Whilst the heavily relatable dinosaur personalities are definitely a winner for feminist variety, it is the other human characters that can be proven to be problematic. Whilst the criticism mentioned so far has felt weak and as if it’s grabbing at straws, Zara (Katie McGrath) and Karen (Judy Greer) do potentially provide a platform for a lack of real representation. Zara is an easily distracted, phone obsessed personal assistant – vain and the typical stereotype of a teenage girl, adding little to the film other than a fantastic death scene. Karen is the emotional, overbearing mother that does nothing other than cry and pander to her children’s needs; we have no connection to her character or concerns and she could be cut from the film without anyone knowing any different. These sort of two dimensional characters leave a hole in the film that dissuades audiences from connecting with the characters on screen, turning it into spectacle rather than anything more profound. But again, to counter this argument, most of the characters – bar the two protagonists and the non-human entities of the film – are victims of this severe lack of character building. Everyone has their own trope that they don’t really move much away from, aside Claire and Owen; though an interesting addition to this idea is the control room comedian Lowery (Jake Johnson) and his colleague Vivienne (Lauren Lapkus) who stand for the idea that romance and a relationship isn’t a defining part of a character. Two sides of the story for those who argue that Claire becomes this at the end of the film.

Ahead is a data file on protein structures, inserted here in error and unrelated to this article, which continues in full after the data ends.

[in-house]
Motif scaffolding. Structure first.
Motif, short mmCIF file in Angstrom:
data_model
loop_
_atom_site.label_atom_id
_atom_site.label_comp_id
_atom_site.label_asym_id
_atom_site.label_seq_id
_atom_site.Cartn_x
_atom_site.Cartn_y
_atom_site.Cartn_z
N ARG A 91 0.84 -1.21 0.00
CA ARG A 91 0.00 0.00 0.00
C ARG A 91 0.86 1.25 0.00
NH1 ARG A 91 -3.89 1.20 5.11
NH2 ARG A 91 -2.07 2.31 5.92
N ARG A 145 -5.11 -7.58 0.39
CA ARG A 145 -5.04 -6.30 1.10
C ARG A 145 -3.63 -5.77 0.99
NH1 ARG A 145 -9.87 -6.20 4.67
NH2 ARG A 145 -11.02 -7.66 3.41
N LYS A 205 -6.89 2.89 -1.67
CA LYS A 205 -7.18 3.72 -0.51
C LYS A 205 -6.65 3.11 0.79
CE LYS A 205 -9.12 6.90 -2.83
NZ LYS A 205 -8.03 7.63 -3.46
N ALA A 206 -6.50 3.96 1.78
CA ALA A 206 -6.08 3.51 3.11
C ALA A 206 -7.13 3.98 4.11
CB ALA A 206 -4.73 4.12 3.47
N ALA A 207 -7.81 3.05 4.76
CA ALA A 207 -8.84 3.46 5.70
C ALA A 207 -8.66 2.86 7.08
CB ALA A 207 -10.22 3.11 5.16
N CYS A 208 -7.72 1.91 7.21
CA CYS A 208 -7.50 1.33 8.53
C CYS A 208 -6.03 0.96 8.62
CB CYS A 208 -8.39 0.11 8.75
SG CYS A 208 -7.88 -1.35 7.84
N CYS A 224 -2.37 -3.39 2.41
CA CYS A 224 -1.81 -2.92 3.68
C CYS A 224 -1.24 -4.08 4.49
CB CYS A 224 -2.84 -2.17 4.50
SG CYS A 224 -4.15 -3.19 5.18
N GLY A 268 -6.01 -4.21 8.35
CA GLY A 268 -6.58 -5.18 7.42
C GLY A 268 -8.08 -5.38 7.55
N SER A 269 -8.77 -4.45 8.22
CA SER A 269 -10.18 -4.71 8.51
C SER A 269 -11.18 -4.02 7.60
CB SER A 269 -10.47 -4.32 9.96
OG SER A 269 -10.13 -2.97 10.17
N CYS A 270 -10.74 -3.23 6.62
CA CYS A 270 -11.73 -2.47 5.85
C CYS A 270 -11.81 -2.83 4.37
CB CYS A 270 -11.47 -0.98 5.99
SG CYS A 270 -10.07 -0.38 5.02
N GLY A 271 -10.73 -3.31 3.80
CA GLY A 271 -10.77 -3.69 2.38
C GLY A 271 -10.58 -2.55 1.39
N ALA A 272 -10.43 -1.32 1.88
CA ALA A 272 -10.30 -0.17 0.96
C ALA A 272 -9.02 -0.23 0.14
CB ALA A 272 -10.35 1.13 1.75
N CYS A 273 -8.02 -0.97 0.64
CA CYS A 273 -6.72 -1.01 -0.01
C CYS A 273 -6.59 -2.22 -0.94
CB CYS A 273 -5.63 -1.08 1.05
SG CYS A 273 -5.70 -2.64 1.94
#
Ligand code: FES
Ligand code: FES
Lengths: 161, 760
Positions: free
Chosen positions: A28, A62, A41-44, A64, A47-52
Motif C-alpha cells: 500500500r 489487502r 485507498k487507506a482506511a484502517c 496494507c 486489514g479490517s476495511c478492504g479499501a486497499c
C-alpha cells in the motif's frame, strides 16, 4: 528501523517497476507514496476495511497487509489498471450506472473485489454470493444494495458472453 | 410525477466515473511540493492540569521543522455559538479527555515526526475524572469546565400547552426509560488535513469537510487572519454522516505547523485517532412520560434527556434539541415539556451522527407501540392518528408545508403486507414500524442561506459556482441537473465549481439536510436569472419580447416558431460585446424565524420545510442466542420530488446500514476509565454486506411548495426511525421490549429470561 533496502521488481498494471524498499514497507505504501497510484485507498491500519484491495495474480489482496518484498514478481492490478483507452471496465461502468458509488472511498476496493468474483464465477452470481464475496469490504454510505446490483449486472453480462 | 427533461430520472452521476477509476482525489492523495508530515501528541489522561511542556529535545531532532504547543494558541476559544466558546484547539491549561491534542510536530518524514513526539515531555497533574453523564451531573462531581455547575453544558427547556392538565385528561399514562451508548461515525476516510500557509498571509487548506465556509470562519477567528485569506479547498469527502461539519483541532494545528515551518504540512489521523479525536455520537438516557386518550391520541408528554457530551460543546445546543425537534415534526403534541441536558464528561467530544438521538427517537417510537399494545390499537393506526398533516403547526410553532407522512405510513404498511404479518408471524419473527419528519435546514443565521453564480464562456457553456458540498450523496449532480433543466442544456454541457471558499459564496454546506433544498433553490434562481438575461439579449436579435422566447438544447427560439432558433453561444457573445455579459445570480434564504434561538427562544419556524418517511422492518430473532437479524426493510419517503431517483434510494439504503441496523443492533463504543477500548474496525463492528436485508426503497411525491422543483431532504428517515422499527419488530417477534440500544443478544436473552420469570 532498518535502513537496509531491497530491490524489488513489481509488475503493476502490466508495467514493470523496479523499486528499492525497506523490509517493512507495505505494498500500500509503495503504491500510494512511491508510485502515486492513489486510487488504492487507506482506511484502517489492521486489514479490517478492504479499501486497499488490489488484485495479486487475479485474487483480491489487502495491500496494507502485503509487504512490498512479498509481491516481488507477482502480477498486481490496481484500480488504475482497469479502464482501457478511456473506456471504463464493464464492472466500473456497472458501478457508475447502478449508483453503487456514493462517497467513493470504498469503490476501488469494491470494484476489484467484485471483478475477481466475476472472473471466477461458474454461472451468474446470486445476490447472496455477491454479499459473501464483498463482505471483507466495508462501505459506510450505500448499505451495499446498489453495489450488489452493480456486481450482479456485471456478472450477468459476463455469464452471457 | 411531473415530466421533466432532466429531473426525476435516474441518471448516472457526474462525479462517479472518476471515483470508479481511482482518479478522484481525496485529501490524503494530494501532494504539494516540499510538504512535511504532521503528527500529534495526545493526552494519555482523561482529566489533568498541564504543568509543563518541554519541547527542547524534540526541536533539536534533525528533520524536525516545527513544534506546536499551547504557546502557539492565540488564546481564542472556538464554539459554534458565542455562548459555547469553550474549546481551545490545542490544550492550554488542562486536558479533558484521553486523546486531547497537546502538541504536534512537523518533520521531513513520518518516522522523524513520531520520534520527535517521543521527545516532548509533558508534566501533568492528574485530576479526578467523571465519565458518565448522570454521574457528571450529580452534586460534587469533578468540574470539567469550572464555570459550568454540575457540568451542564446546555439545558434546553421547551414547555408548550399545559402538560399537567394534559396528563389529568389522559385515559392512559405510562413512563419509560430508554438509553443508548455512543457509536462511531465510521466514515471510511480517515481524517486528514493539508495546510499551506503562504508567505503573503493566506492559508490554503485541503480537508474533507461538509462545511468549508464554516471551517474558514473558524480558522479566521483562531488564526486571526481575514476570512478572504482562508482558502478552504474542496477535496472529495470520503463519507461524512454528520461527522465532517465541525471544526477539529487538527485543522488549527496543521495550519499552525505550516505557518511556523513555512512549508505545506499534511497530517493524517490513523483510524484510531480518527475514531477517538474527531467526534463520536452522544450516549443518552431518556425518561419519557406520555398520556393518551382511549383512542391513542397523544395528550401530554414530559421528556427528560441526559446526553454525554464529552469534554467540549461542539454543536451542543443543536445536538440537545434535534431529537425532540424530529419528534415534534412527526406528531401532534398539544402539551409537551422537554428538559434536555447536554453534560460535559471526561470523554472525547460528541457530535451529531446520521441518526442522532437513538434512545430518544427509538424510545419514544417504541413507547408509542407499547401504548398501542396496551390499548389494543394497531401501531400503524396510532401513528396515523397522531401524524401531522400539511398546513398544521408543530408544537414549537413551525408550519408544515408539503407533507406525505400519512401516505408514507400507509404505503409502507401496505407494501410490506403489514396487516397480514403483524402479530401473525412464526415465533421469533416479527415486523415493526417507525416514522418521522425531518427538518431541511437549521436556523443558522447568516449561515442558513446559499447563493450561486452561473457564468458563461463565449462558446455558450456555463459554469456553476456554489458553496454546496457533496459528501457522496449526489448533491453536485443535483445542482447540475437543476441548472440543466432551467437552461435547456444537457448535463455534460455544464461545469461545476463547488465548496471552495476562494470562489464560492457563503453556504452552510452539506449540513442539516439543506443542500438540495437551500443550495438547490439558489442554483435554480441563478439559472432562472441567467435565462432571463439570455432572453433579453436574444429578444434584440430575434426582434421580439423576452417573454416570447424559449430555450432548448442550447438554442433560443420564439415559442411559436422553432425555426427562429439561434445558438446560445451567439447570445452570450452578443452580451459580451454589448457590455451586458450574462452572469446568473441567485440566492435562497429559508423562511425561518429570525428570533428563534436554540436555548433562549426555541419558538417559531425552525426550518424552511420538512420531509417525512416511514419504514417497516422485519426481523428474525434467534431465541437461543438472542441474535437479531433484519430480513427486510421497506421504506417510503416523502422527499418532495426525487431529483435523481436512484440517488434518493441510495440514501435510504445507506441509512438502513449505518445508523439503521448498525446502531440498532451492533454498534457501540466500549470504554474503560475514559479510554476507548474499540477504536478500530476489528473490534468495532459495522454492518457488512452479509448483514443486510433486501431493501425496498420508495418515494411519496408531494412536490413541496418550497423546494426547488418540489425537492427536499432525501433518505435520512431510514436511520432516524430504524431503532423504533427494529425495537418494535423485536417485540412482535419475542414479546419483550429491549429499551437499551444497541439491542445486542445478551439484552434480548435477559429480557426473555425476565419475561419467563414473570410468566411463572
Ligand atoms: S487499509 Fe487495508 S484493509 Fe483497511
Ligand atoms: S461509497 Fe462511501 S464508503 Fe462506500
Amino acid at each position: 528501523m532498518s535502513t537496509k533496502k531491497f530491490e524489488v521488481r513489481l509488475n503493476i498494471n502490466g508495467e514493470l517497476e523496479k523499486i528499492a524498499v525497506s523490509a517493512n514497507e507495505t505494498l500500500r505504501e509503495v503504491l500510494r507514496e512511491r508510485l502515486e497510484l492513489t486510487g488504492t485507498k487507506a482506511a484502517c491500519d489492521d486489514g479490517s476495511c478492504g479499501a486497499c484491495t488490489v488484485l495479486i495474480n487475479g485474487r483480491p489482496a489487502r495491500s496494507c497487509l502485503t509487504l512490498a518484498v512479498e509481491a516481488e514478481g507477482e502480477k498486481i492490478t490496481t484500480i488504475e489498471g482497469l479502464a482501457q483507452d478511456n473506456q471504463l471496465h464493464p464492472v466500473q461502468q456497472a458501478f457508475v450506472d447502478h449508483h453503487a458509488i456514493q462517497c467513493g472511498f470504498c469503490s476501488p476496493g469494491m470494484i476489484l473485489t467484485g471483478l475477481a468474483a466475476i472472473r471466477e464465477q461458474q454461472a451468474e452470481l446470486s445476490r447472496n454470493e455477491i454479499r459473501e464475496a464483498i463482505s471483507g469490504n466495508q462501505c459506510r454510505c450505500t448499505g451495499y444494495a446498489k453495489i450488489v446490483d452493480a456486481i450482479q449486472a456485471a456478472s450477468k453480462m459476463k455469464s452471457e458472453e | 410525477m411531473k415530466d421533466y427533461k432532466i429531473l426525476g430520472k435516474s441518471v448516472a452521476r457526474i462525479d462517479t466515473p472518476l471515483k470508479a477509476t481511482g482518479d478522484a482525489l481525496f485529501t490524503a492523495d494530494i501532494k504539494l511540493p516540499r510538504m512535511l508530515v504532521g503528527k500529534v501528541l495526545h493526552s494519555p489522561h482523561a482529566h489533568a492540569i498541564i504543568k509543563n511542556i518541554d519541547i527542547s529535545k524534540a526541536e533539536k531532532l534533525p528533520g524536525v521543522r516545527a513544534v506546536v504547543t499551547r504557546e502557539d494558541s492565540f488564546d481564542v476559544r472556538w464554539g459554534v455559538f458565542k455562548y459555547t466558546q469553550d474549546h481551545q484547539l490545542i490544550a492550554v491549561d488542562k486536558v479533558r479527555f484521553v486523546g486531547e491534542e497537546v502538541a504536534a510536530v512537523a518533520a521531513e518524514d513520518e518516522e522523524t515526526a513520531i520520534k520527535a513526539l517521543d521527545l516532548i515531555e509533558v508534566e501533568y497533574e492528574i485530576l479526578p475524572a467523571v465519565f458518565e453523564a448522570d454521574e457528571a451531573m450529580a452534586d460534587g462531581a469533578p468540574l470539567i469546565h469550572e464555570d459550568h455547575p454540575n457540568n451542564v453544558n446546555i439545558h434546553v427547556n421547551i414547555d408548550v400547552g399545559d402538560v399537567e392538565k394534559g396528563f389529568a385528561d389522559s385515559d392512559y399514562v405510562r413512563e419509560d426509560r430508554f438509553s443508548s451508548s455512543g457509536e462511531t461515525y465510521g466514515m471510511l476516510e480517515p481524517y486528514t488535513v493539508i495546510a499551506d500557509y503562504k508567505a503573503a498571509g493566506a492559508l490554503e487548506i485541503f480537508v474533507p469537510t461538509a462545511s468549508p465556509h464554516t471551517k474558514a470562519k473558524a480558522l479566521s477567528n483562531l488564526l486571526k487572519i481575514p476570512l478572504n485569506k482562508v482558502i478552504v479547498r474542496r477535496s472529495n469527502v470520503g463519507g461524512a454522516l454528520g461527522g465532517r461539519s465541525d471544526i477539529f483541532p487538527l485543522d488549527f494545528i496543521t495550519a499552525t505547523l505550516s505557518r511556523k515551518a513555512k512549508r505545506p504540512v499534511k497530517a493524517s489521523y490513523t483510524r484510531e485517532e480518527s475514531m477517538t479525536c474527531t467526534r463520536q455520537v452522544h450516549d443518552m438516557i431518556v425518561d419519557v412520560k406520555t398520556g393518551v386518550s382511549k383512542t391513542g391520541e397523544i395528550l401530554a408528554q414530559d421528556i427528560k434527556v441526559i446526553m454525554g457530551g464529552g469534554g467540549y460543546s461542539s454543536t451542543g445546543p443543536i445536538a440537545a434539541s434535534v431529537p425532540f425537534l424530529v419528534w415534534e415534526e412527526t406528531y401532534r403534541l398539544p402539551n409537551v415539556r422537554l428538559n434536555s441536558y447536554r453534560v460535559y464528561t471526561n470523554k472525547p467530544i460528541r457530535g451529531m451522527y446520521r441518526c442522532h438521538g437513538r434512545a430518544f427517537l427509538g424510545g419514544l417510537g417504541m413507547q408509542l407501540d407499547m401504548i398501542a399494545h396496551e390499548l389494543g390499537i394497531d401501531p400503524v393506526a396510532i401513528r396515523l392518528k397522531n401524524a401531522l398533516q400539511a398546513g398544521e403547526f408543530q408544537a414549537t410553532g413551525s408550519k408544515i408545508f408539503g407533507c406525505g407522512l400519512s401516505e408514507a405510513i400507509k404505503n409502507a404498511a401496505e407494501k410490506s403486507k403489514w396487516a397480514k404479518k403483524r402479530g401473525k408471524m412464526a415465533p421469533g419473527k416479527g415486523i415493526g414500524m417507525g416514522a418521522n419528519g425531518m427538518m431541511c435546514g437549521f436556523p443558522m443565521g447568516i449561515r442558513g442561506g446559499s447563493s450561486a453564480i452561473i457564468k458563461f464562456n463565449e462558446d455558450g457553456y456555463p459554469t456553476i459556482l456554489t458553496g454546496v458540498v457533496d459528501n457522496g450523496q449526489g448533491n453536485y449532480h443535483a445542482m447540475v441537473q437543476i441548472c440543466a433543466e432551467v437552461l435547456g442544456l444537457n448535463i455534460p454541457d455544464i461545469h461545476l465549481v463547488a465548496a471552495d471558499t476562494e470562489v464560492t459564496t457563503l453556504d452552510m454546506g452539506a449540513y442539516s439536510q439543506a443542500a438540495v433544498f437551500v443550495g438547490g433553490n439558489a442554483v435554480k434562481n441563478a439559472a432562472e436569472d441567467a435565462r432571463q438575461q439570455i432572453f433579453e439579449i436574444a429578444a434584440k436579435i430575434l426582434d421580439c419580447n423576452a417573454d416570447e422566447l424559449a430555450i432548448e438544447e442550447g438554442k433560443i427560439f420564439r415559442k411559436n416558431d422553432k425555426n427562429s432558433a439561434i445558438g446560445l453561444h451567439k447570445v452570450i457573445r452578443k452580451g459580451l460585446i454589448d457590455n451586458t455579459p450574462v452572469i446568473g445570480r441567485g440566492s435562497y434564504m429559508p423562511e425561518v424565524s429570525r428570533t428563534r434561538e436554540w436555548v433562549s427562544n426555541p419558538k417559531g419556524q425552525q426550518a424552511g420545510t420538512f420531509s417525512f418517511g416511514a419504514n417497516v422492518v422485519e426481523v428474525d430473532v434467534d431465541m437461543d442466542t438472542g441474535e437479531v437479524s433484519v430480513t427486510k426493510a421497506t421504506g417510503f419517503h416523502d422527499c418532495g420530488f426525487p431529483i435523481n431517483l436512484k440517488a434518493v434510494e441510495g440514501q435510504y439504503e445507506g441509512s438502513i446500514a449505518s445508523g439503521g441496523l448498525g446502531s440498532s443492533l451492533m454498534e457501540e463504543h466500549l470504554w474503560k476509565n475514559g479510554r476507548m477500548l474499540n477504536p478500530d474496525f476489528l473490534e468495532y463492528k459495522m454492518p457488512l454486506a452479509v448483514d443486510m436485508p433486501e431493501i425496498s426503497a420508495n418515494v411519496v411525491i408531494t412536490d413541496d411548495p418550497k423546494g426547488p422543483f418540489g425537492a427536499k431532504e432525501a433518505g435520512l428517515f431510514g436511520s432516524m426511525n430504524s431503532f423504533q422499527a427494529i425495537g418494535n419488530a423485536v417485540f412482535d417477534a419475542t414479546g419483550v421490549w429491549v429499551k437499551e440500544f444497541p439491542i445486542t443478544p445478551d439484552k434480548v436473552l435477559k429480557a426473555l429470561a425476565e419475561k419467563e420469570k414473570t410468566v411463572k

Overall, Jurassic World is designed to be entertaining and doesn’t contain enough damaging stereotypes or problematic gender issues to challenge its credibility in this field. The film is a great, fun – and most importantly – fictional representation of what it would be like if DNA could be pillaged for monetary gain, and the problems that come from this. Exploring capitalism and how humanity copes when all we have left to rely upon is each other – there are many important points and messages to be drawn from the fourth Jurassic Park instalment.

And what will be seen by the younger, more impressionable audience? A strong, independent woman stepping up to the plate and doing a great job of it when needed; alongside a strong, independent man that happily works with her and is challenged by her – two excellent role models in the making.